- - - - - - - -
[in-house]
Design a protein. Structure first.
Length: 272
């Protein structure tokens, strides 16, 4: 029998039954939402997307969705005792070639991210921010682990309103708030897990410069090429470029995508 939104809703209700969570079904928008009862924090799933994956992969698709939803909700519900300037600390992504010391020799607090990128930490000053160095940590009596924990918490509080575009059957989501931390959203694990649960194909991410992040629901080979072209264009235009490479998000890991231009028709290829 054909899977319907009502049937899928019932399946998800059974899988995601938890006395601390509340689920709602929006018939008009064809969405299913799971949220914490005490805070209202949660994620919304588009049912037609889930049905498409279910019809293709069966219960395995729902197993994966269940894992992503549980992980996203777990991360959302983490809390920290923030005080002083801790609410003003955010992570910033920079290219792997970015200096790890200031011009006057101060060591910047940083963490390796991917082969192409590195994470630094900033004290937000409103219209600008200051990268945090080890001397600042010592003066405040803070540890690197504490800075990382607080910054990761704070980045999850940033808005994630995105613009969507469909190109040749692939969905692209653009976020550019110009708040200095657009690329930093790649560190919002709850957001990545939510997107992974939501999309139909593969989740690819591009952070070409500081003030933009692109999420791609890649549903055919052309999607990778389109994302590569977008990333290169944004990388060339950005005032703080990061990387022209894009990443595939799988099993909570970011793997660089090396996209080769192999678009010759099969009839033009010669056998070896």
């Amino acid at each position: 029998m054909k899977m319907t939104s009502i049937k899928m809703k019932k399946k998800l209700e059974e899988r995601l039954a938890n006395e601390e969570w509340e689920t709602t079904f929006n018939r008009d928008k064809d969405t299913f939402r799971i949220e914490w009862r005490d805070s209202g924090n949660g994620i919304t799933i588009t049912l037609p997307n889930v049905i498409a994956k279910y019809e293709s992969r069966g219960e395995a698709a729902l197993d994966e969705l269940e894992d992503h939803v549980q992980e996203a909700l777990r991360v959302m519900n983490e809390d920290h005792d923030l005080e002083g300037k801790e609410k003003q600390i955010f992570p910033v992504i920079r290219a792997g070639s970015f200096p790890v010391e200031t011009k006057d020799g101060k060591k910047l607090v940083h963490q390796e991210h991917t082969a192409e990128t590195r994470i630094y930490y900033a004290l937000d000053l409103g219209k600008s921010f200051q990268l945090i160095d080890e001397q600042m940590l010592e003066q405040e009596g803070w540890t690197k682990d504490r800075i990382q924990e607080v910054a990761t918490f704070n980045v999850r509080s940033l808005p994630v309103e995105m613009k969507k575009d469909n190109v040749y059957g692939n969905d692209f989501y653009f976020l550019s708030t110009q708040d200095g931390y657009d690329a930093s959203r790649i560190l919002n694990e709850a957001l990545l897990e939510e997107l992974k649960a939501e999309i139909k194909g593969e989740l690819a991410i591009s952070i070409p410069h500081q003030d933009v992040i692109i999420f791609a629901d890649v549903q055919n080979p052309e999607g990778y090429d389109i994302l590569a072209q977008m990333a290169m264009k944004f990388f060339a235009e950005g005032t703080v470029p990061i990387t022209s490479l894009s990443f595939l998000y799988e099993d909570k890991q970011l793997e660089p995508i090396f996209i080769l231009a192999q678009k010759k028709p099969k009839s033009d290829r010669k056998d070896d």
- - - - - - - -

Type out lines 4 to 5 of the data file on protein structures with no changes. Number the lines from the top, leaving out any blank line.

């Protein structure tokens, strides 16, 4: 029998039954939402997307969705005792070639991210921010682990309103708030897990410069090429470029995508 939104809703209700969570079904928008009862924090799933994956992969698709939803909700519900300037600390992504010391020799607090990128930490000053160095940590009596924990918490509080575009059957989501931390959203694990649960194909991410992040629901080979072209264009235009490479998000890991231009028709290829 054909899977319907009502049937899928019932399946998800059974899988995601938890006395601390509340689920709602929006018939008009064809969405299913799971949220914490005490805070209202949660994620919304588009049912037609889930049905498409279910019809293709069966219960395995729902197993994966269940894992992503549980992980996203777990991360959302983490809390920290923030005080002083801790609410003003955010992570910033920079290219792997970015200096790890200031011009006057101060060591910047940083963490390796991917082969192409590195994470630094900033004290937000409103219209600008200051990268945090080890001397600042010592003066405040803070540890690197504490800075990382607080910054990761704070980045999850940033808005994630995105613009969507469909190109040749692939969905692209653009976020550019110009708040200095657009690329930093790649560190919002709850957001990545939510997107992974939501999309139909593969989740690819591009952070070409500081003030933009692109999420791609890649549903055919052309999607990778389109994302590569977008990333290169944004990388060339950005005032703080990061990387022209894009990443595939799988099993909570970011793997660089090396996209080769192999678009010759099969009839033009010669056998070896």
């Amino acid at each position: 029998m054909k899977m319907t939104s009502i049937k899928m809703k019932k399946k998800l209700e059974e899988r995601l039954a938890n006395e601390e969570w509340e689920t709602t079904f929006n018939r008009d928008k064809d969405t299913f939402r799971i949220e914490w009862r005490d805070s209202g924090n949660g994620i919304t799933i588009t049912l037609p997307n889930v049905i498409a994956k279910y019809e293709s992969r069966g219960e395995a698709a729902l197993d994966e969705l269940e894992d992503h939803v549980q992980e996203a909700l777990r991360v959302m519900n983490e809390d920290h005792d923030l005080e002083g300037k801790e609410k003003q600390i955010f992570p910033v992504i920079r290219a792997g070639s970015f200096p790890v010391e200031t011009k006057d020799g101060k060591k910047l607090v940083h963490q390796e991210h991917t082969a192409e990128t590195r994470i630094y930490y900033a004290l937000d000053l409103g219209k600008s921010f200051q990268l945090i160095d080890e001397q600042m940590l010592e003066q405040e009596g803070w540890t690197k682990d504490r800075i990382q924990e607080v910054a990761t918490f704070n980045v999850r509080s940033l808005p994630v309103e995105m613009k969507k575009d469909n190109v040749y059957g692939n969905d692209f989501y653009f976020l550019s708030t110009q708040d200095g931390y657009d690329a930093s959203r790649i560190l919002n694990e709850a957001l990545l897990e939510e997107l992974k649960a939501e999309i139909k194909g593969e989740l690819a991410i591009s952070i070409p410069h500081q003030d933009v992040i692109i999420f791609a629901d890649v549903q055919n080979p052309e999607g990778y090429d389109i994302l590569a072209q977008m990333a290169m264009k944004f990388f060339a235009e950005g005032t703080v470029p990061i990387t022209s490479l894009s990443f595939l998000y799988e099993d909570k890991q970011l793997e660089p995508i090396f996209i080769l231009a192999q678009k010759k028709p099969k009839s033009d290829r010669k056998d070896d």